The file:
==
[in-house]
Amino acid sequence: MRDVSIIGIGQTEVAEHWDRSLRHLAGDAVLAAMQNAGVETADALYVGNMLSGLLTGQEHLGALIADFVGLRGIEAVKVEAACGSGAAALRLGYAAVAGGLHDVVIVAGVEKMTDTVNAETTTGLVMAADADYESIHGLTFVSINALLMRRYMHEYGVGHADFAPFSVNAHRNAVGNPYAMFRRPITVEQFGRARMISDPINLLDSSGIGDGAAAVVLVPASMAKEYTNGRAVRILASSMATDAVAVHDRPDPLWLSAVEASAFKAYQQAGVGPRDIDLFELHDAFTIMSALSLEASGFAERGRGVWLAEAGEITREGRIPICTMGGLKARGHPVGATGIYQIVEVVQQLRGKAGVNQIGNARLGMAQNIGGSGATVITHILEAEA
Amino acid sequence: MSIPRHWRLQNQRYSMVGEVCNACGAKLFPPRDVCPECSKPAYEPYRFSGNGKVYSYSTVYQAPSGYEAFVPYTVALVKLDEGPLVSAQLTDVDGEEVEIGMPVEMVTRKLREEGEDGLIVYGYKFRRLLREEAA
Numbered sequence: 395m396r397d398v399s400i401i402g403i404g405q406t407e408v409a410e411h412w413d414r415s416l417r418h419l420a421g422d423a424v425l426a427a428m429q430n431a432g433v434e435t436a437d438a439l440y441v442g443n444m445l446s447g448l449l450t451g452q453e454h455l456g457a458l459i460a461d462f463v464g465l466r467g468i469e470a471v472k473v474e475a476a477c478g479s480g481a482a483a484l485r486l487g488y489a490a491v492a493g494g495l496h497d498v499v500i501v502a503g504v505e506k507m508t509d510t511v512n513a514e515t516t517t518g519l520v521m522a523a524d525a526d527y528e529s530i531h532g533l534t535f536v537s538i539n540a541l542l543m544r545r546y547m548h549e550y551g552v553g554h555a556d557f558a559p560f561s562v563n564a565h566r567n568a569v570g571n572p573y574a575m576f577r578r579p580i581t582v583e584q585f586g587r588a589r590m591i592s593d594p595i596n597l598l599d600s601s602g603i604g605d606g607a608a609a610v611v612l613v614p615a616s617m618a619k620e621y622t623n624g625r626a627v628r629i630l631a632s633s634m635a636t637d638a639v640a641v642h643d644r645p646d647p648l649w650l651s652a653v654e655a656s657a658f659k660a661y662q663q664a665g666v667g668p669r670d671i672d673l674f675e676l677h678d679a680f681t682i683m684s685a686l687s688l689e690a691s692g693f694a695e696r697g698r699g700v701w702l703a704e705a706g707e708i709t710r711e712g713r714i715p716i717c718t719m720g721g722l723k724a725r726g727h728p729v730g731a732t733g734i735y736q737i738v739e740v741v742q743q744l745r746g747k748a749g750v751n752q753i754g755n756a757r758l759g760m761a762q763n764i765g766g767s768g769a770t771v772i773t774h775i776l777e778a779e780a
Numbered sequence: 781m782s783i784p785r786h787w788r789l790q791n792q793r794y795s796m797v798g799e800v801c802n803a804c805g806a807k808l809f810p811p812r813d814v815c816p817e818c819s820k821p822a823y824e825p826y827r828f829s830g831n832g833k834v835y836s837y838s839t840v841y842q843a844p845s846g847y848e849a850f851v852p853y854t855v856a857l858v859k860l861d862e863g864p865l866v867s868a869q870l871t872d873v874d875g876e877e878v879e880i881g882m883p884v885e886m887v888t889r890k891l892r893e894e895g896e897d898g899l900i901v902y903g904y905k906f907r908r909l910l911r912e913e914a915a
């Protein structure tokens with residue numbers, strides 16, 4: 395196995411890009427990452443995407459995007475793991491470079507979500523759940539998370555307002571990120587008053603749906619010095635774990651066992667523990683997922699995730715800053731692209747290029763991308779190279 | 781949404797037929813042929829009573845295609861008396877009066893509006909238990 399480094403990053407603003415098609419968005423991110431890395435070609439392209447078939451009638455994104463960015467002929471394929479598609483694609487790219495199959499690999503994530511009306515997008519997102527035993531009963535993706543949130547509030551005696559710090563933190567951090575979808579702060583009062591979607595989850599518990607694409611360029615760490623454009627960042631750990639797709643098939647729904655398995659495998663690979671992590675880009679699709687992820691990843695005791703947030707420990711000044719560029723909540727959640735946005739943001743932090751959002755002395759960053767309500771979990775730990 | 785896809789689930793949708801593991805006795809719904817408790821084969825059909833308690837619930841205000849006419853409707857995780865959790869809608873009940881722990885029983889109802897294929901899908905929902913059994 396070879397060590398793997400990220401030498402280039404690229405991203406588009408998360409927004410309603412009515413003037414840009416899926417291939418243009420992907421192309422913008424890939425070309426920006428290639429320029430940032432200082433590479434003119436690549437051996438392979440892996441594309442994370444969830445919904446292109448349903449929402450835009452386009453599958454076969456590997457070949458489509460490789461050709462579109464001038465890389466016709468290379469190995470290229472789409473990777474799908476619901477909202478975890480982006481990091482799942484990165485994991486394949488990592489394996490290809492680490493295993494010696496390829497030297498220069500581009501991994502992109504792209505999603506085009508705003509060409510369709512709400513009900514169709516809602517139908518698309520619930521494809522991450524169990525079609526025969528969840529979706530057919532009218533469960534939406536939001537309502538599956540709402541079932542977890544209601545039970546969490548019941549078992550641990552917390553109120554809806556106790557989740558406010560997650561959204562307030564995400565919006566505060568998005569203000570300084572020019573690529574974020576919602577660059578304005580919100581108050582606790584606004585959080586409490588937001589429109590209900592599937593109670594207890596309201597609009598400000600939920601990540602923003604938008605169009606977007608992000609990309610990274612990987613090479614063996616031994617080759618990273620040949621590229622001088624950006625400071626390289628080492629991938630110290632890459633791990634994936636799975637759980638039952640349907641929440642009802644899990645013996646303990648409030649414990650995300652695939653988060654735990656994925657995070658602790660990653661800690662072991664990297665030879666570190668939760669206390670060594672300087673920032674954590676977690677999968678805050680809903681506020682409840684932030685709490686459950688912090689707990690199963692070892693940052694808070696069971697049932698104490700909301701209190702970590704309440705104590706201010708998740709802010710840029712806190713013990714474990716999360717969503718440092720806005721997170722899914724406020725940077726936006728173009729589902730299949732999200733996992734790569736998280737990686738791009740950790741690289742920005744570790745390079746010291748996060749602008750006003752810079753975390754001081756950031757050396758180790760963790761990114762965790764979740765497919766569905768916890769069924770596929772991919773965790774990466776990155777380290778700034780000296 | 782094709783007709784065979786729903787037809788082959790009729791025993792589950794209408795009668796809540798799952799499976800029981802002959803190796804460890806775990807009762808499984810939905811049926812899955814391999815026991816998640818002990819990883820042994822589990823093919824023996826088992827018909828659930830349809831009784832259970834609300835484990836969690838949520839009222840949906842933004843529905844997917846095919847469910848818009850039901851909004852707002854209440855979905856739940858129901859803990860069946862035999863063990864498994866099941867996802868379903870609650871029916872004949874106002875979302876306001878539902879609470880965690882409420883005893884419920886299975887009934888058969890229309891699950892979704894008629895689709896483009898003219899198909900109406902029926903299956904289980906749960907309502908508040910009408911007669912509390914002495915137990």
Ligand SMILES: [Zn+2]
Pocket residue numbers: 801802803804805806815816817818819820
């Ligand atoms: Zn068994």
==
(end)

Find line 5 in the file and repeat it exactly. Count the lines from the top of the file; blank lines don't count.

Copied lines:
Numbered sequence: 781m782s783i784p785r786h787w788r789l790q791n792q793r794y795s796m797v798g799e800v801c802n803a804c805g806a807k808l809f810p811p812r813d814v815c816p817e818c819s820k821p822a823y824e825p826y827r828f829s830g831n832g833k834v835y836s837y838s839t840v841y842q843a844p845s846g847y848e849a850f851v852p853y854t855v856a857l858v859k860l861d862e863g864p865l866v867s868a869q870l871t872d873v874d875g876e877e878v879e880i881g882m883p884v885e886m887v888t889r890k891l892r893e894e895g896e897d898g899l900i901v902y903g904y905k906f907r908r909l910l911r912e913e914a915a